Xtext is an open-source software framework for developing programming languages and domain-specific languages (DSLs). Unlike standard parser generators, Xtext generates not only a parser, but also a class model for the abstract syntax tree, as well as providing a fully featured, customizable Eclipse-based IDE.

Eclipse Xtext
Stable release
2.18.0 / June 4, 2019 (2019-06-04)
TypeSoftware framework
LicenseEclipse Public License

Xtext is being developed in the Eclipse Project as part of the Eclipse Modeling Framework Project and is licensed under the Eclipse Public License.


The first version of Xtext was published in 2006 in the openArchitectureWare project. The last version released under the oAW project was version 4.3. Since the beginning of 2008, Xtext has been developed at Eclipse under the Eclipse Modeling Project.[1]

Joining Eclipse's annual simultaneous release, Xtext released version 0.7.0 (June 2009), 1.0 (June 2010), 2.0 (June 2011), 2.3 (June 2012), 2.5 (December 2013), 2.6 (May 2014) and 2.7 (September 2014). The framework is mainly developed by the German company Itemis.[2]


To specify a language, the developer has to write a grammar in Xtext's grammar language. This grammar describes how an Ecore model is derived from a textual notation. From that definition, a code generator derives an ANTLR parser and the classes for the object model. Both can be used independently of Eclipse.

Xtext includes features which integrate well with the Eclipse-based IDE:

  • Syntax coloring
  • Code completion
  • Static analysis
  • Outline view
  • Source-code navigation
  • Indexing
  • Compare view
  • Hovers
  • Code folding
  • Rename refactoring

Xtext languages and the IDE are highly configurable, as the language infrastructure and the IDE are wired up using dependency injection and Guice. The default components can be easily replaced by binding customized ones instead.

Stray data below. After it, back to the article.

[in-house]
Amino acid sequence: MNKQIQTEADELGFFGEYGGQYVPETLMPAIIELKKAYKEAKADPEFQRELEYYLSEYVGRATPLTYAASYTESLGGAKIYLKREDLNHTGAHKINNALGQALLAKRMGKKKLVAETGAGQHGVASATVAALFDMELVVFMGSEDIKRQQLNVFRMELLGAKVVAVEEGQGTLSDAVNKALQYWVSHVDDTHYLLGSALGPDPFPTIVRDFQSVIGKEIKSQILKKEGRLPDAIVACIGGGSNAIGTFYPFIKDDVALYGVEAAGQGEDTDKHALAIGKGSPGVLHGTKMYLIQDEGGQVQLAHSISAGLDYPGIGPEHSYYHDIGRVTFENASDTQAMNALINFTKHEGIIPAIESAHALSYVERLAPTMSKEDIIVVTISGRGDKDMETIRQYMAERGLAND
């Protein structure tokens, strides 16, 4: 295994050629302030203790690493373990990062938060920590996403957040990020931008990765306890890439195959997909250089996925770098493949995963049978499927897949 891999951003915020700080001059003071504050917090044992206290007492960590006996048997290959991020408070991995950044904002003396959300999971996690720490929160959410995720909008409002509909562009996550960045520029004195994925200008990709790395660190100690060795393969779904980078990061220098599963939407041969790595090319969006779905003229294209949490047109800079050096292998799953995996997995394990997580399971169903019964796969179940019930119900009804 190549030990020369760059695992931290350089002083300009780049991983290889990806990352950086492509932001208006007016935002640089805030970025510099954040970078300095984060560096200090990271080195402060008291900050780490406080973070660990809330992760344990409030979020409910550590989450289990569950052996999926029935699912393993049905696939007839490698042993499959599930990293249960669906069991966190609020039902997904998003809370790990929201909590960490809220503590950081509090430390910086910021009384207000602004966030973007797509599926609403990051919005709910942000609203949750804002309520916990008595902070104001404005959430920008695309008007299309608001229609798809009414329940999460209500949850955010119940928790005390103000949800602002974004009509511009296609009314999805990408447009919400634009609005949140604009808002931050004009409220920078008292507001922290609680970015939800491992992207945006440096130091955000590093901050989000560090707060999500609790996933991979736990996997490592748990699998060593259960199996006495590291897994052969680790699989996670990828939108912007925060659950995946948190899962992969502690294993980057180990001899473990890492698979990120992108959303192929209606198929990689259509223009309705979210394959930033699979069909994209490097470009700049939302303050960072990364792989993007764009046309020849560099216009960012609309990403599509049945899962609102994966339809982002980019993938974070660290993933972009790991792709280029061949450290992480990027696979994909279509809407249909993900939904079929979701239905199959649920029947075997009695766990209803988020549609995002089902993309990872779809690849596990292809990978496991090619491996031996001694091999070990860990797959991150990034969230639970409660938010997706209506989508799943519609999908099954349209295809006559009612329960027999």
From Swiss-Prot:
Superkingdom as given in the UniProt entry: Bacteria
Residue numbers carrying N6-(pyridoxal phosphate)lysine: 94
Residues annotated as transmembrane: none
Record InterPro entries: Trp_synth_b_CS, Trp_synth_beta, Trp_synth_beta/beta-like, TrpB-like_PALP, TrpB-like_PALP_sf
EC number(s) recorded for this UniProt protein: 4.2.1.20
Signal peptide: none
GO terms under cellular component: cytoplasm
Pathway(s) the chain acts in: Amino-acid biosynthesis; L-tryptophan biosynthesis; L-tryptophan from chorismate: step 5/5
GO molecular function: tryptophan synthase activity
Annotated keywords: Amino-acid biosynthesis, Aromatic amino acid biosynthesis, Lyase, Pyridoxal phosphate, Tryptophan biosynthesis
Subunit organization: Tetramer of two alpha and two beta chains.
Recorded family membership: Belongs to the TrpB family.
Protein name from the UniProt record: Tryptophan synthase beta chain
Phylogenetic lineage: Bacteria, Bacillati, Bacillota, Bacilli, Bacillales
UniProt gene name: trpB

Since version 2.0, Xtext has facilitated the development of domain-specific languages for the Java virtual machine, referring to and compiling to Java artifacts with tight integration into Eclipse's Java Development Toolkit. A reusable expression languages library enables rich behavior within the DSL.

A code generator written in Xtend can be hooked in for any language. For JVM languages, it is enough to map the DSL concepts to Java artifacts to get holistic Java integration. An alternative interpreter is also available.


At the time of writing this article, the Xtext homepage listed around 40 commercial and non-commercial projects from several application domains using Xtext.[3]

The general-purpose language Xtend is also built with Xtext.


  • Eclipse Community Awards 2010: "Most Innovative New Feature or Eclipse Project"[4]
  • Sebastian Zarnekow, commiter, Eclipse Community Awards 2011: "Top Committer"[5]
  • Sven Efftinge, project lead, Eclipse Community Awards 2012: "Top Committer"[6]

See also


  1. Efftinge, Sven. "Xtext - Language Engineering Made Easy!". www.eclipse.org. Retrieved 16 February 2018.
  2. itemis. Retrieved from http://www.itemis.com.
  3. Retrieved from http://www.eclipse.org/Xtext/community.html.
  4. Gayowski, Lynn. "Eclipse Community Awards Winners Announced". www.eclipse.org. Retrieved 16 February 2018.
  5. Skerrett, Ian. "Eclipse Community Awards Winners Announced". www.eclipse.org. Retrieved 16 February 2018.
  6. Guindon, Christopher. "Eclipse Community Award Winners Announced". www.eclipse.org. Retrieved 16 February 2018.


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